2. ^ Lozano, R., Naghavi, M., Foreman, K., Lim, S., Shibuya, K., ... & Aboyans, V. (2012). Global and regional mortality from 235 causes of death for 20 age groups in 1990 and 2010: a systematic analysis for the Global Burden of Disease Study 2010. The Lancet, 380(9859), 2095.
  3. ^ McManus S, Bebbington P, Jenkins R, Brugha T. (eds.) (2016). Mental health and wellbeing in England: Adult Psychiatric Morbidity Survey 2014. Leeds: NHS Digital.
  4. ^ Whiteford, H. A. (2013). Global burden of disease attributable to mental and substance use disorders: findings from the Global Burden of Disease Study 2010. The Lancet, 382(9904), 1575.
  5. ^ American Psychiatric Association. (2020). What is Telepsychiatry? Retrieved from https://www.psychiatry.org/patients-families/what-is-telepsychiatry
  6. ^ Chakrabarti, S. (2015). Usefulness of telepsychiatry: A critical evaluation of videoconferencing-based approaches. World Journal of Psychiatry, 5(3), 286.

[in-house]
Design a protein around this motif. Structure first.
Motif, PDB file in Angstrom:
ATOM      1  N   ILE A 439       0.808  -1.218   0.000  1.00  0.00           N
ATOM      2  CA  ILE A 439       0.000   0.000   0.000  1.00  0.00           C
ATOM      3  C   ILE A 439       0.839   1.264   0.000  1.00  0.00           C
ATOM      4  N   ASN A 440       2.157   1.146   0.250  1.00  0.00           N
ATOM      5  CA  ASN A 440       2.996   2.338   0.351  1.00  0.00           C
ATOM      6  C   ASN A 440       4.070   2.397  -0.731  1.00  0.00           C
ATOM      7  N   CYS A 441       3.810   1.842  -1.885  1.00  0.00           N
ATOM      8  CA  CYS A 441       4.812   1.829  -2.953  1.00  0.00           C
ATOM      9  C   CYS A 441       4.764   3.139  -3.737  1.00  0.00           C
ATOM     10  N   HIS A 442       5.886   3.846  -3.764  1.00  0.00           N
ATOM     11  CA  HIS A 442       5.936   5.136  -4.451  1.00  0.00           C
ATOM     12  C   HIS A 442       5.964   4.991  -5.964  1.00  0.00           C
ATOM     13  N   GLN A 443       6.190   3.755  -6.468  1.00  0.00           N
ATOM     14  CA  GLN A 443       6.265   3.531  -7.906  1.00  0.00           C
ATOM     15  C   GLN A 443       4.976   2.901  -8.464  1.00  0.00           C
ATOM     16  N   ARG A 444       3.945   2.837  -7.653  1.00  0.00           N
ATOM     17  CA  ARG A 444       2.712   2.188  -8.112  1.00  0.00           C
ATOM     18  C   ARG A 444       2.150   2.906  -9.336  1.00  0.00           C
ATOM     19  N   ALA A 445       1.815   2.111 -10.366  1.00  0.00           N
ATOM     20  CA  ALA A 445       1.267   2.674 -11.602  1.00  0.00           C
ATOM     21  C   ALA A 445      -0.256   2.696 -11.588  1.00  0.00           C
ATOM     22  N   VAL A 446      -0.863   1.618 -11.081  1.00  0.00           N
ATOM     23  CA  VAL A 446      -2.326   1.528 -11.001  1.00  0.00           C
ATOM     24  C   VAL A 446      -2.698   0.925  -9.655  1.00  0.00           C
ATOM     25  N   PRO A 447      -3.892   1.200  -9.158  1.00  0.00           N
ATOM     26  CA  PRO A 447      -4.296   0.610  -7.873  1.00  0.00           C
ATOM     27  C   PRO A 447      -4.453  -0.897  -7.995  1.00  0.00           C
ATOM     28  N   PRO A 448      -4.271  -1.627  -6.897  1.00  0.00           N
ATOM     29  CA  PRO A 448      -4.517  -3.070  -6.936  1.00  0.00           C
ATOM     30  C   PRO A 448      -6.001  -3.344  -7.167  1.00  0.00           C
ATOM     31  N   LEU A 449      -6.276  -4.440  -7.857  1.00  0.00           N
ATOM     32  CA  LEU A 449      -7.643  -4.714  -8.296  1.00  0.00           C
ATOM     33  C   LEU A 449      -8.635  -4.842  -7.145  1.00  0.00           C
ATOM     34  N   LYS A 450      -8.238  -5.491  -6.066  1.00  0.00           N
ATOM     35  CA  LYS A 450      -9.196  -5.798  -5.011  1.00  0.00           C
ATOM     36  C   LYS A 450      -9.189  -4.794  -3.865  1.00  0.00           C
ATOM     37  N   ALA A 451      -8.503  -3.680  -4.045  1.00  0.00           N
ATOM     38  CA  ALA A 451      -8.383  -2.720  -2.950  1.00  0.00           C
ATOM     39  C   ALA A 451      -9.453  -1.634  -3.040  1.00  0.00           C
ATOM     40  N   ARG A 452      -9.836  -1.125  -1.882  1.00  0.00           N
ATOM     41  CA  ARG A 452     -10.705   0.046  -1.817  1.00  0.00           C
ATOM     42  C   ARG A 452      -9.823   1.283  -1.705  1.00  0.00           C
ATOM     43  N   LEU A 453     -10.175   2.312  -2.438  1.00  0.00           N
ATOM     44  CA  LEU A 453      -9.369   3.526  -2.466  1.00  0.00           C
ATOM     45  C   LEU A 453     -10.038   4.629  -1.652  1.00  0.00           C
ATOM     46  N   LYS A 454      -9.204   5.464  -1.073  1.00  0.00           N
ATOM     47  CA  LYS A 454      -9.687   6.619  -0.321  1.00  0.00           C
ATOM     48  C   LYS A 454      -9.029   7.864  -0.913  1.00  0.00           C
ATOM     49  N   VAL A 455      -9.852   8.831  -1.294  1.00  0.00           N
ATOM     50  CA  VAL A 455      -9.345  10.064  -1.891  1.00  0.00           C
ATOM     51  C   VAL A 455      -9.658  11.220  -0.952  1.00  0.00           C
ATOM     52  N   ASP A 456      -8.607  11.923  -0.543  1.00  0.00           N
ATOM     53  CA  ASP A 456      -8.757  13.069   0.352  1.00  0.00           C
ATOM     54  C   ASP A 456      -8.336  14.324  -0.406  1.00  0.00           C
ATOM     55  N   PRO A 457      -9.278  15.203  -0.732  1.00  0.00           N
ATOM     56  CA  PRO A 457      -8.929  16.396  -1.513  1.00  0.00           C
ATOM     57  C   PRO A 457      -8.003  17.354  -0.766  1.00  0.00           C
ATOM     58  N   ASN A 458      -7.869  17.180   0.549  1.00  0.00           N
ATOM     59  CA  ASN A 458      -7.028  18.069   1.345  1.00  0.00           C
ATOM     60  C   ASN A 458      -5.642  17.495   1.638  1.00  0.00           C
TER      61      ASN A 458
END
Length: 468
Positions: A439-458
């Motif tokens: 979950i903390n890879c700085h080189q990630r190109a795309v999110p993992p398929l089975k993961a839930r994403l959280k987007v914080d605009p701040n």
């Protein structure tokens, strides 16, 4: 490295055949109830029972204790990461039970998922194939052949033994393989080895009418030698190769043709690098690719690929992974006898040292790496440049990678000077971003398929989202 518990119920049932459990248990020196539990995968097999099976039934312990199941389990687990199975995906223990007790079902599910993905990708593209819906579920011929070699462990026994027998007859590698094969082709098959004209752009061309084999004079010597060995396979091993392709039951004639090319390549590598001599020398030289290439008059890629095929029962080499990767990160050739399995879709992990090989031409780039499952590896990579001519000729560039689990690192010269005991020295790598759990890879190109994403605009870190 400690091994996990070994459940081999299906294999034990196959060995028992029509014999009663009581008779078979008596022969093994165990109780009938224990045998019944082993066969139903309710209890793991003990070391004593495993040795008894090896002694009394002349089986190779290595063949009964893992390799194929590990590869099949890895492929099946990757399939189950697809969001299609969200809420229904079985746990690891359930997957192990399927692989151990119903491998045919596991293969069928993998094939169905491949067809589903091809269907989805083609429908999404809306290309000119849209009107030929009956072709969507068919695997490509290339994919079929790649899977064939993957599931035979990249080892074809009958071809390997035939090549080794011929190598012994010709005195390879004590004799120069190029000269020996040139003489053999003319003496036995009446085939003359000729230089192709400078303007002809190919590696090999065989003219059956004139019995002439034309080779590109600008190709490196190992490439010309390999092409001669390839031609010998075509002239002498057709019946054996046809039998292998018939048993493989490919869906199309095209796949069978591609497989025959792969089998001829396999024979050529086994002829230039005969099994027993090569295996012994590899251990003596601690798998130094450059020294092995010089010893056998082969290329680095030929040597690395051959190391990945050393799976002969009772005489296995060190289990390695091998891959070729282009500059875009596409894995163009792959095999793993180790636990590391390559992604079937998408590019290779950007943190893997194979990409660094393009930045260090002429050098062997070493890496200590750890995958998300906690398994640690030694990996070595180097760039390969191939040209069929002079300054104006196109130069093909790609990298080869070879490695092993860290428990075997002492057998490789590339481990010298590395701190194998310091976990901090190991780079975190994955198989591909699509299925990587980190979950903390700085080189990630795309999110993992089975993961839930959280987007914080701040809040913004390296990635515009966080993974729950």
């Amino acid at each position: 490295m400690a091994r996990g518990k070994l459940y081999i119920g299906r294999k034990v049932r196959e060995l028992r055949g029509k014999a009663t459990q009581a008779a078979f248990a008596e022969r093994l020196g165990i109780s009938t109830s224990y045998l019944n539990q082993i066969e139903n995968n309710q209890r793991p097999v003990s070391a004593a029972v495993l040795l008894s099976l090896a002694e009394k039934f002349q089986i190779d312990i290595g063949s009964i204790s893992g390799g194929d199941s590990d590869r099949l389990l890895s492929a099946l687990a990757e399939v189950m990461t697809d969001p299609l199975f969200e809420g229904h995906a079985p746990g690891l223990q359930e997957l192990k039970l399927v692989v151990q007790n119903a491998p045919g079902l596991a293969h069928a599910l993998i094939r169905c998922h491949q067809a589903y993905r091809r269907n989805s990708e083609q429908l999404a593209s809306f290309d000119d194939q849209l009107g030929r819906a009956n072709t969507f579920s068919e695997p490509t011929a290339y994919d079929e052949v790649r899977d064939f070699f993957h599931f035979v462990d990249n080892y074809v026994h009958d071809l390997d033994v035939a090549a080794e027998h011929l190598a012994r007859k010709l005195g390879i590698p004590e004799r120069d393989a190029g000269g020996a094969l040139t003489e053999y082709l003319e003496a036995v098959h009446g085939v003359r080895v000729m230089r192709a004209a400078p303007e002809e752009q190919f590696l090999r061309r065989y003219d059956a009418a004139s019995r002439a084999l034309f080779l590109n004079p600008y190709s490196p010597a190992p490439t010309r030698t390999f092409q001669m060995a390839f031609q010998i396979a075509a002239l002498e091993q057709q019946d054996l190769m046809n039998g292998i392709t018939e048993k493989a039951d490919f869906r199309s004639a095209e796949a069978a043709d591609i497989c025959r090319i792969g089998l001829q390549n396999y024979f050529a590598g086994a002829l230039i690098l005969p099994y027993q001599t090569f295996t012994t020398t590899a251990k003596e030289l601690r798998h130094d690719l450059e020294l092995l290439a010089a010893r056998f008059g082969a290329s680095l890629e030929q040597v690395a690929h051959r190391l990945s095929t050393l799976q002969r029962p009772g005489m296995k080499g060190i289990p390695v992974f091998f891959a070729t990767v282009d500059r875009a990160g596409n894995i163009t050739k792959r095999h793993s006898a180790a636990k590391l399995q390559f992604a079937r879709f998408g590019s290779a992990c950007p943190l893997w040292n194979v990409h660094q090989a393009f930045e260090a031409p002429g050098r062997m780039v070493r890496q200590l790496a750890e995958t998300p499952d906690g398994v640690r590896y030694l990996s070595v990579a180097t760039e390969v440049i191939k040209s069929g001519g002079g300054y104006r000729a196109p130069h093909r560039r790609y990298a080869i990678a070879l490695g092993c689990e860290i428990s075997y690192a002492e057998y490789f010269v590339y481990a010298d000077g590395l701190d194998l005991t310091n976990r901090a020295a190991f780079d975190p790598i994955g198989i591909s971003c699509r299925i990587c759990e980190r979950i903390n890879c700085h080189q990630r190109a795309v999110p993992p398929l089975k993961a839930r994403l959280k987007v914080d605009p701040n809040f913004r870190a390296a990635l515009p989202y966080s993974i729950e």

7. ^ Frueh, B. C., Monnier, J., Yim, E., Grubaugh, A. L., Hamner, M. B., & Knapp, R. G. (2007). A randomized trial of telepsychiatry for post-traumatic stress disorder. Journal of Telemedicine and Telecare, 13(3), 142-147.
  8. ^ Nelson, E. L., Barnard, M., & Cain, S. (2003). Treating childhood depression over videoconferencing. Telemedicine Journal and E-health, 9(1), 49.
  9. ^ Fortney, J. C., Pyne, J. M., Mouden, S. B., Mittal, D., Hudson, T. J., Schroeder, G. W., & Rost, K. M. (2013). Practice-based versus telemedicine-based collaborative care for depression in rural federally qualified health centers: a pragmatic randomized comparative effectiveness trial. American Journal of Psychiatry, 170(4), 414.
  10. ^ Carlbring, P., Ekselius, L., & Andersson, G. (2003). Treatment of panic disorder via the Internet: a randomized trial of CBT vs. applied relaxation. Journal of Behavior Therapy and Experimental Psychiatry, 34(2), 129.
  11. ^ Frueh, B. C., Monnier, J., Yim, E., Grubaugh, A. L., Hamner, M. B., & Knapp, R. G. (2007). A randomized trial of telepsychiatry for post-traumatic stress disorder. Journal of Telemedicine and Telecare, 13(3), 142.